Columnist Robert Scheer speculated Wednesday that Georgian President Mikhail Saakashvili deliberately provoked the invasion to give John McCain a boost in our presidential election.Here's the column. To read Jack, you'd think that all Scheer did was to propose the speculation with no supporting evidence. He doesn't. It's interesting to point out exactly what Jack leaves out of this reference that isn't a quotation. Scheer certainly asked the question whether Saakashvili provoked the invasion and then answers:
Before you dismiss that possibility, consider the role of one Randy Scheunemann, for four years a paid lobbyist for the Georgian government who ended his official lobbying connection only in March, months after he became Republican presidential candidate John McCain’s senior foreign policy adviser.A paragraph later:
There are telltale signs that he played a similar role in the recent Georgia flare-up. How else to explain the folly of his close friend and former employer, Georgian President Mikheil Saakashvili, in ordering an invasion of the breakaway region of South Ossetia, an invasion that clearly was expected to produce a Russian counterreaction? It is inconceivable that Saakashvili would have triggered this dangerous escalation without some assurance from influential Americans he trusted, like Scheunemann, that the United States would have his back. Scheunemann long guided McCain in these matters, even before he was officially running foreign policy for McCain’s presidential campaign.Interesting what Jack leaves out, isn't it?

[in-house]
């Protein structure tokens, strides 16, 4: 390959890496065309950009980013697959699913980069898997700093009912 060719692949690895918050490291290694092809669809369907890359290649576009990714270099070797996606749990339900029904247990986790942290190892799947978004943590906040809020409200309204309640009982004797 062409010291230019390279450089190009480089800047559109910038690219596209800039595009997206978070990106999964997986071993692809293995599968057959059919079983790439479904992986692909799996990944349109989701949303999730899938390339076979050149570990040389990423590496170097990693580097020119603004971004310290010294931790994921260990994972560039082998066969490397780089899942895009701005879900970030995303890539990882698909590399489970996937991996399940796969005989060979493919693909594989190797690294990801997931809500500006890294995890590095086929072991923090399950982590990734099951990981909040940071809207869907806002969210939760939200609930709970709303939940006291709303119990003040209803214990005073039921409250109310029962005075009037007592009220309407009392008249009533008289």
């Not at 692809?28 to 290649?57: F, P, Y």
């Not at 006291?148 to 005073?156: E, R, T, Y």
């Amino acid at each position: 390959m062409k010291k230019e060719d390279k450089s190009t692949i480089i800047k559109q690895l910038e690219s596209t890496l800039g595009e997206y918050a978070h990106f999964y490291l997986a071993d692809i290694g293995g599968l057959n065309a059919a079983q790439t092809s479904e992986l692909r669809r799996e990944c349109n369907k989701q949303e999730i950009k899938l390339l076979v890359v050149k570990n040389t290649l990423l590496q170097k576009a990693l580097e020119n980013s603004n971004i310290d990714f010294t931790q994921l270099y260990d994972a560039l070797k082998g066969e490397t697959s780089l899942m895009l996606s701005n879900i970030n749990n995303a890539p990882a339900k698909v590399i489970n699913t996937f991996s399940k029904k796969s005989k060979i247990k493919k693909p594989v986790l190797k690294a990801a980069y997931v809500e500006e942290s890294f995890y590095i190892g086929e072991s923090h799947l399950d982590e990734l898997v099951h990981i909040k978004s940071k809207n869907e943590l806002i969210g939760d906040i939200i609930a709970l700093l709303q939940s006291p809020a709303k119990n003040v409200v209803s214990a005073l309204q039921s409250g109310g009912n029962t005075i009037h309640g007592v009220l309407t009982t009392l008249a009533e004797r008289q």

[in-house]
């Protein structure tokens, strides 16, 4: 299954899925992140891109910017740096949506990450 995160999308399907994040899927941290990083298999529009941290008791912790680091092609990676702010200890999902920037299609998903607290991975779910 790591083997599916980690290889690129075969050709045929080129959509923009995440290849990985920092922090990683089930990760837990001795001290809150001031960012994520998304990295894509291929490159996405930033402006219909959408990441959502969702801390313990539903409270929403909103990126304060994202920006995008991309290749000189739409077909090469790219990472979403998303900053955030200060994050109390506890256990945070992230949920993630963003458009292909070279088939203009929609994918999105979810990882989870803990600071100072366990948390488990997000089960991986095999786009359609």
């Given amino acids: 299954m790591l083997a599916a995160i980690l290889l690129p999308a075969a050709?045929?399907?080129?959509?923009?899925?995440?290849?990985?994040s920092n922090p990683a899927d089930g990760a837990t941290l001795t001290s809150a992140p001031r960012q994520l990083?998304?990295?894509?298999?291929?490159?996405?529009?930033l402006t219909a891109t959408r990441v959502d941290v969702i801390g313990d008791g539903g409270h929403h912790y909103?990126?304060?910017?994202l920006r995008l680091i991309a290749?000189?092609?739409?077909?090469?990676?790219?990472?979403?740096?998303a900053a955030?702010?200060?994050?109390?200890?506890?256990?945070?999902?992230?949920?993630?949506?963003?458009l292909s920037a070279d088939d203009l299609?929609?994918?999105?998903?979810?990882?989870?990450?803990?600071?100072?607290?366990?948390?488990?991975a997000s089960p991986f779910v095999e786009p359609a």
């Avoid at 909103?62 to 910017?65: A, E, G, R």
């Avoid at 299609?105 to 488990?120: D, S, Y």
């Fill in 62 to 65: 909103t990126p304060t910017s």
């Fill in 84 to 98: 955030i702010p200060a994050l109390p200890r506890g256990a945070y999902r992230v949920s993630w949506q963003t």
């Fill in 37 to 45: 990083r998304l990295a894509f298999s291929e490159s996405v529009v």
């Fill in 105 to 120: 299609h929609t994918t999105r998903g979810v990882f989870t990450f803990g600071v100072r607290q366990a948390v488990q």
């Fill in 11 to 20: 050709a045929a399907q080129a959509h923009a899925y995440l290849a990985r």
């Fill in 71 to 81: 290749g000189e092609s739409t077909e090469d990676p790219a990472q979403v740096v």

But here's something he inserts. He follows his reference to Scheer with this:
Here's the transcript. Can someone show me in that interview where exactly she "echoes" Scheer's speculation? In fact, while Jack wrote that she was "trying to explain away" Obama's response, actually she was answering guest host David Schuster who asked to comment about this reponse from McCain:
Mr. Scheer is a moonbat. But his charge was echoed by Susan Rice, a foreign policy adviser to Sen. Barack Obama (and the woman who advised President Clinton not to intervene to stop the genocide in Rwanda).
"Barack Obama, the administration indeed and all of our NATO allies took a measured and reasoned approach because we were dealing with the facts as we knew them," Ms. Rice said on MSNBC's "Hardball" program Tuesday. "John McCain shot from the hip, very aggressive, very belligerent statement. He may or may not have complicated the situation."
Ms. Rice was trying to explain away Sen. Obama's initially tepid response to the Russian invasion, in which he expressed a moral equivalence between the aggressor and his victim. Mr. Obama's stance has since evolved into what might be termed "McCain lite."
I'll ask again. Can someone please read through the transcript and tell me WHERE Susan Rice has "echoed" Robert Scheer?
My friends, today, the killing goes on, and the aggression goes on.
Yet, I know, from speaking this morning to the president of Georgia, Mikhail Saakashvili, who I have known for many years, that he knows that the thoughts and the prayers and support of the American people are with that brave little nation.
I told him that I know I speak for every American when I say to him, today, we are all Georgians.
If not, then Jack Kelly's just making stuff up.
I think I'll end it there.